The silver lining though, is that it forced me to be realistic about the scale and type of work that I would be able to produce from this shop. There will be no large entertainment centers or banquet tables fashioned here. At least not with the ability to dry fit them and assemble them in their totality. I suppose if push were to come to shove I could build a larger scale item in sections, and trust that my measurements were accurate enough for the thing to be assembled successfully in the field. Thankfully, I have not had to test this theory as I have limited myself to working on free standing chests of drawers, small tables and boxes and other pieces that are of appropriate size for the limitations of The Tiny Shop.

I have found that this coming to terms with my shop’s limitations has proved profoundly important to my level of comfort in, and enjoyment of, my shop.

One of my main goals in putting The Tiny Shop together was to do so with aesthetics and comfort in mind. I wanted to be able to call the shop “my happy place.” I wanted to be sure that the time I spent in it was as enjoyable as possible and I wanted to eliminate as many discomforting distractions as I possibly could. It makes my experience much more enjoyable and rewarding to be able to shut out everything else but the task at hand.

To that end, I chose to leave the walls mostly bare. With so little space in a shop like this, the natural go-to is to mount plywood or OSB to the walls so that shelves or hooks or other means of storing tools is made more easy.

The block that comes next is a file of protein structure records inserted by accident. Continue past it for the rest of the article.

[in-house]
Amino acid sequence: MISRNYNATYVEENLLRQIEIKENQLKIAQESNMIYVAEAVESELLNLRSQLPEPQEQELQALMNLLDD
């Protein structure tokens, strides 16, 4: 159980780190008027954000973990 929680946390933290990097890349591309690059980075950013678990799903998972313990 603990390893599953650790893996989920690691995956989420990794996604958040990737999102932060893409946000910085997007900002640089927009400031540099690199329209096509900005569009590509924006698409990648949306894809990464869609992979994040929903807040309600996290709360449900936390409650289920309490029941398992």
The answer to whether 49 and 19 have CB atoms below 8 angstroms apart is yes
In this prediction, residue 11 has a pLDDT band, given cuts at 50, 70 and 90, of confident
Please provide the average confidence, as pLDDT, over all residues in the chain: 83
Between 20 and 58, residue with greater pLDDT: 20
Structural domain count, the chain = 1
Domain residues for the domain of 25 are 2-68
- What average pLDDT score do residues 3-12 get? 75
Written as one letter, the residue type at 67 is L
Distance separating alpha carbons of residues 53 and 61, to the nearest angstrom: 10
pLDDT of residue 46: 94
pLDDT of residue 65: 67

I like the brick. It stays cool in the summer…for the most part…and helps keep a modicum of heat inside during the winter. Plus, it looks cool. Having the brick naked gives me something of a “loft-like” feeling in my shop. It feels a little more soulful, and provides me with a little less sterile feeling than that of OSB or drywall clad walls.

My shop’s limited footprint also dictated the need to be thoughtful about my choice of tooling. With more square footage, I am quite sure I would have found a way to stuff a full sized planer, an 8″ ‘Pot belly’ vintage Delta jointer, a lathe, a shaper and far more powerful dust collection with collection drops at each dust making machine.

In the case of The Tiny Shop though, I only had a couple of things I was unwilling to compromise on. I wanted a full sized cabinet saw. Providence smiled on me and dropped a 1946 Delta Unisaw in my lap at a price that…well…was a downright steal. So a Unisaw was adopted as the first tool in my machine arsenal.

Next, a good jointer, planer, band saw, sliding mitre saw, and some sort of dust collection. All of which were selected for their quality of build, and their compact size. Knowing I would be building a rather large workbench (later adding a second of nearly equal proportions) I needed to buy machines that would provide a high level of accuracy as well as allow for ease of movement in the shop and the ability to stow them when not in use.

Lighting was another priority. Since my woodworking tends to be something of a hybrid of machine and hand tool, I wanted there to be good, bright yet warm lighting in the shop. I know fluorescent lights are normally the standard in a shop setting, both for their lumens per square foot as well as their economy, but I absolutely detest the quality of the light produced by traditional shop lights.